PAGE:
After Finjan came out with a report saying that widgets and gadgets are all plagued with lousy security and stand ready to unleash the next wave of malware onto users' systems, at least one security watcher blamed the lack of sandboxing.
""The secure design model for this type of application should be sandboxed by zone. The vulnerability is that the code is implicitly trusted no sandbox implemented and of course it will be difficult to hold evil gadget creators to task due to the transparent lack of any accountability by everyone," said Ed Patterson on BugTraq."The issue is all about an un-sandboxed application where standard best practices use and vast prior experience should have dictated it should have been sand boxed. This is a divestiture away from signed controls and towards third-party security programs. So once again we have no sandbox mitigating controls coupled with a firm lack of accountability per gadget means breached operating systems. Those who have additional security programs largely make up the difference and those who don't will always be wondering why and how the vendor let them get pwned.""
Given that Dinis Cruz at OWASP has also been bemoaning (podcast) the state of sandboxing and how he thinks Microsoft and Sun are asleep at the wheel on the issue, I decided to ask Finjan Chief Technology Officer Yuval Ben-Itzhak if sandboxing—that's running software in an isolated environment where it can't mess with your data—could help with the security issues these powerful little applications present.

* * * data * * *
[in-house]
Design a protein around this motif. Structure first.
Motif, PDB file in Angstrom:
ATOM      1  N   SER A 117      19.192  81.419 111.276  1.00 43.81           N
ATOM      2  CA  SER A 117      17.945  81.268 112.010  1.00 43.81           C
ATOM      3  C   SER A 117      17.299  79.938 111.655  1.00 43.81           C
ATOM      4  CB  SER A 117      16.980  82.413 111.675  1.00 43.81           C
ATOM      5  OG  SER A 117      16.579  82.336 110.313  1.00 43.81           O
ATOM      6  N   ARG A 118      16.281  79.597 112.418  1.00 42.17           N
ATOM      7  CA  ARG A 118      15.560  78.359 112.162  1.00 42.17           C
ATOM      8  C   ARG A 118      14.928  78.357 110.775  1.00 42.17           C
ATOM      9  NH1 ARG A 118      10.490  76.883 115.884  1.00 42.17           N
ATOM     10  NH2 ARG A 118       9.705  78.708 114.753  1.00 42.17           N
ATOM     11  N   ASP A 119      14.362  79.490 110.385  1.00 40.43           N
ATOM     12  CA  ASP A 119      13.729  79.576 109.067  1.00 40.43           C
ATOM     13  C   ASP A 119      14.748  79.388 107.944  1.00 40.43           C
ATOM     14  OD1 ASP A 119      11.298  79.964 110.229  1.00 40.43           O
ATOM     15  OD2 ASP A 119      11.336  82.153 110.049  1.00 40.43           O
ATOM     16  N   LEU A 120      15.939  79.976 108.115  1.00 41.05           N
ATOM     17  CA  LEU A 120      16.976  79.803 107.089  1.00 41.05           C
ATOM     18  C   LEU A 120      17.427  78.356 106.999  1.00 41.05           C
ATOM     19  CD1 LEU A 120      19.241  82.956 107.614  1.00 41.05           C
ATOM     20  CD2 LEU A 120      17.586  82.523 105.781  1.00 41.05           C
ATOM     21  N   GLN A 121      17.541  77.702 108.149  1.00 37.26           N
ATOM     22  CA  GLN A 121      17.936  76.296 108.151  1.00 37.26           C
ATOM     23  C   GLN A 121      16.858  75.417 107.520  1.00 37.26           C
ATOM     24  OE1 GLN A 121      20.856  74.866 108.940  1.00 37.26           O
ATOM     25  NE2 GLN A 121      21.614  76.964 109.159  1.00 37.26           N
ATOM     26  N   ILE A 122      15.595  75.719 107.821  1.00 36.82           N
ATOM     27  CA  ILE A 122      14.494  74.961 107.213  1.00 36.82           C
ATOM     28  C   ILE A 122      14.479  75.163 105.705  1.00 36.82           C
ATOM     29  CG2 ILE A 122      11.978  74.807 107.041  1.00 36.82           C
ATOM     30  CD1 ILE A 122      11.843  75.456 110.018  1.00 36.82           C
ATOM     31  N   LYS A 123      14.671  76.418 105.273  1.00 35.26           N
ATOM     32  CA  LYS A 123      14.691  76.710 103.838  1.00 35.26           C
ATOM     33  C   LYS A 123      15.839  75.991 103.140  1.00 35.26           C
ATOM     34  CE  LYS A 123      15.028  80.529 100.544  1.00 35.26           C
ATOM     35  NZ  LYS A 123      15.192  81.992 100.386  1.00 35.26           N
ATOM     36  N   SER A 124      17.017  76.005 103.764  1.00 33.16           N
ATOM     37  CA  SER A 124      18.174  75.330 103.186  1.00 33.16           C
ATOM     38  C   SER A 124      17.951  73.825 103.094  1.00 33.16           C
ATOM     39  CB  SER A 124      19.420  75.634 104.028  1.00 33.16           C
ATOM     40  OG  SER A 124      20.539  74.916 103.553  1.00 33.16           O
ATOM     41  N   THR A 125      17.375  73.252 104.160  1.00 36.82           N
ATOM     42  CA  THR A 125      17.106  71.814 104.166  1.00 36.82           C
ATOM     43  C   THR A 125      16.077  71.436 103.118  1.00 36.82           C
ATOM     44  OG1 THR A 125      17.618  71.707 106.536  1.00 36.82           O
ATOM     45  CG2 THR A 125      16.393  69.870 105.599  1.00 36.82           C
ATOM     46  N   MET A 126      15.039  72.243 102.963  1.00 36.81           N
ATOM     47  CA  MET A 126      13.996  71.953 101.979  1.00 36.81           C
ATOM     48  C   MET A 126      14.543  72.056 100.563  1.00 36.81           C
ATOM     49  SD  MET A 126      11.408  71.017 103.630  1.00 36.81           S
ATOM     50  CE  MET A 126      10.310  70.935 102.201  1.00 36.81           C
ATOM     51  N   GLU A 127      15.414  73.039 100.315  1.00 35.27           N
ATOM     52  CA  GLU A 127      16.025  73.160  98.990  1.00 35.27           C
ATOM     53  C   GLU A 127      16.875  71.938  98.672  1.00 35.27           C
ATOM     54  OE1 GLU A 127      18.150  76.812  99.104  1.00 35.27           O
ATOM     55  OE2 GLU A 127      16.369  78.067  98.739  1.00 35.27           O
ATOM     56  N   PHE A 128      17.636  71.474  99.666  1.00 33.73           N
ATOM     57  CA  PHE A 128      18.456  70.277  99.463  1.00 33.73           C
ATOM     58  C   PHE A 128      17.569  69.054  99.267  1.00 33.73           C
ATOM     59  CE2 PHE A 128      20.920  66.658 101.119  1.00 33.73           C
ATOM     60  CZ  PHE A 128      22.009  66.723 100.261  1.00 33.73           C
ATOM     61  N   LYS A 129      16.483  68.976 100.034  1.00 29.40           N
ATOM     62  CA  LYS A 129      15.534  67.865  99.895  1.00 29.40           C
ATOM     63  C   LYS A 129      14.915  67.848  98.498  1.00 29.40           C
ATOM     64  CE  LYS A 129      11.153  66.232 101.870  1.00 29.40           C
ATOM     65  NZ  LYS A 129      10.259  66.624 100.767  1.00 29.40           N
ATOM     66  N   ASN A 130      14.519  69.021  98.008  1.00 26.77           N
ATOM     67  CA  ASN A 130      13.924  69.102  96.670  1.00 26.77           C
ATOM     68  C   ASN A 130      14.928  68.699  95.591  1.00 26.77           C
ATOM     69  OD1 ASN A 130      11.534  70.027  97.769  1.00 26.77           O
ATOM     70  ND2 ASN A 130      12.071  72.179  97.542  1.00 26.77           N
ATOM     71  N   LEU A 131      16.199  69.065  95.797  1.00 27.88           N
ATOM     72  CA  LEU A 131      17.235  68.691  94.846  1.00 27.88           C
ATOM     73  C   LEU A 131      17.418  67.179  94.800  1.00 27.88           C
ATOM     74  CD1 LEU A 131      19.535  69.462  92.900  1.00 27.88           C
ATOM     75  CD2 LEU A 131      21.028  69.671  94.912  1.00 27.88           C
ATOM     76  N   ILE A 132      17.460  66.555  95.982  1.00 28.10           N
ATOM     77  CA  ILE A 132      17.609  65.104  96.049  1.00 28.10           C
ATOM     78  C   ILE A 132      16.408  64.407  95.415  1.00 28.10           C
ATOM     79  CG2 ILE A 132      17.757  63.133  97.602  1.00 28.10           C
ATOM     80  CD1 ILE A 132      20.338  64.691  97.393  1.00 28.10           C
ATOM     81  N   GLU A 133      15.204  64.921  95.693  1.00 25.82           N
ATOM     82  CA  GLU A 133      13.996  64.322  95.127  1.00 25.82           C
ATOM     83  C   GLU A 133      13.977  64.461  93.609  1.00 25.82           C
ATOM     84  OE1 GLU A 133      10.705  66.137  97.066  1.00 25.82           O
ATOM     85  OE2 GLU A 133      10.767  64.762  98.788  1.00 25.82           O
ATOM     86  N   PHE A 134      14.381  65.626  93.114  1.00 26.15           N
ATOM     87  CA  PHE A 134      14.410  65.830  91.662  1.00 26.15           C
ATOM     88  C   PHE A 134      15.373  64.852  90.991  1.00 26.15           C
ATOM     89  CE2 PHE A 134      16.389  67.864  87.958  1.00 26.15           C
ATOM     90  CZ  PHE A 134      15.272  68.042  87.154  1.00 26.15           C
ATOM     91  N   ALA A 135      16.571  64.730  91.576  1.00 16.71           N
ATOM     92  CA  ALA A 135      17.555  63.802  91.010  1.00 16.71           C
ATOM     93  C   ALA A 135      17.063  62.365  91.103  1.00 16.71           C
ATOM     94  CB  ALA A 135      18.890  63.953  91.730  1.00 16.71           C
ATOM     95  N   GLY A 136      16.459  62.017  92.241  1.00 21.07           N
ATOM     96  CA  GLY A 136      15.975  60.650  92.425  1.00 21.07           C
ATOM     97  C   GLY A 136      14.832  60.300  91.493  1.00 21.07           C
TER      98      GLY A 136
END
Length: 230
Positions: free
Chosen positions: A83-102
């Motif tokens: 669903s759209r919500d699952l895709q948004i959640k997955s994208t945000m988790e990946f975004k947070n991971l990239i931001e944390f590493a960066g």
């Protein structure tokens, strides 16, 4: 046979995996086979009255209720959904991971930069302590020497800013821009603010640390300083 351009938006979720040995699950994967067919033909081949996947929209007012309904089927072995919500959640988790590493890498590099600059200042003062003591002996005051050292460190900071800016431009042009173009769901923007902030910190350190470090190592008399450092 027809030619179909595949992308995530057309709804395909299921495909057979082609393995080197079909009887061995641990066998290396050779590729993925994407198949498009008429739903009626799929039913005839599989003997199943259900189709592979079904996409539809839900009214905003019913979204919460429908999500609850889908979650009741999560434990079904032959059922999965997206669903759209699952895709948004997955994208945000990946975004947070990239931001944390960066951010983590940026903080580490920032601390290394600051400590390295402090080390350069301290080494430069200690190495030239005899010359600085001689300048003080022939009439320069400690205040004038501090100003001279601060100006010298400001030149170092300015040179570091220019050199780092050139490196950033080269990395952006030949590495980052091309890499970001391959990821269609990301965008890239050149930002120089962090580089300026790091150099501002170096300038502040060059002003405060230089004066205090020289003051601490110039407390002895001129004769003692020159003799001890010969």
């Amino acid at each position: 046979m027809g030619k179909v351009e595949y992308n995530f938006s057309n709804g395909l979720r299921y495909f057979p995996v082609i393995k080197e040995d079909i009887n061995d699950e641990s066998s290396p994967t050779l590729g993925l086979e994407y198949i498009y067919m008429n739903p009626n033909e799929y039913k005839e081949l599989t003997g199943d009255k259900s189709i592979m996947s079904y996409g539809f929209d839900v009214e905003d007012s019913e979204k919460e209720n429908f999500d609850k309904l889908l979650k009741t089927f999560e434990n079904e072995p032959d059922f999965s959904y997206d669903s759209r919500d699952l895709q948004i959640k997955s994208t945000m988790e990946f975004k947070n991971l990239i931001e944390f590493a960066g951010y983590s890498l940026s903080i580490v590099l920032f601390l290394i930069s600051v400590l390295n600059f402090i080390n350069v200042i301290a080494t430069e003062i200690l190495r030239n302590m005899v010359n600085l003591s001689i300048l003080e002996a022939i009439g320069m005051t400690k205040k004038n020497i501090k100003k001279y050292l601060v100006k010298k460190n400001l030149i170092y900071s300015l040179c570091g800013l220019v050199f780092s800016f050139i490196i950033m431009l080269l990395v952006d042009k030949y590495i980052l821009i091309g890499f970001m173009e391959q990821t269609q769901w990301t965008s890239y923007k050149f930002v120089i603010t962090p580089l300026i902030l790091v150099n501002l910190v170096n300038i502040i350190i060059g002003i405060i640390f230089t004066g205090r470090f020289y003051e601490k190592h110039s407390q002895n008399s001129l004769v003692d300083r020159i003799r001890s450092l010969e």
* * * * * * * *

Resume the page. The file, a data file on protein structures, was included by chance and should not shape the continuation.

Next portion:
What he told me is this: How sandboxing relates to the security issues of widgets and gadgets depends on the widgets and gadgets.
Sandboxing is one option for dealing with the gadgets running right on top of operating systems, such as those presented by Vista on startup: calendar, time and contacts, for example. It's not a pleasant option though.
"Sandboxing is one option, but it's very heavy with CPU usage and memory," Ben-Itzhak said.
That model isn't suitable for server-based gadgets, however, like those at iGoogle. They're running in the context of the browser, so they're just like any other Web page you'd visit. Malicious gadgets will exploit you and install a Trojan, and sandboxing won't step in and help—unless you're running your entire browser in a sandbox.
A third type of widget/gadget are application-based, like the type from Yahoo's widget engine. You need to download the widget engine, just like a piece of software sitting on your desktop in your tray. On top of the engine, you download Yahoo widgets. In this case sandboxing would be very limited in protecting you since the Yahoo engine, if vulnerable, will allow you full access to the machine as well, Ben-Itzhak said.
To sum it up, sandboxing is a sound concept, but its value depends on the type of widget/gadget you're relying on, and its resource pull has to be taken into consideration.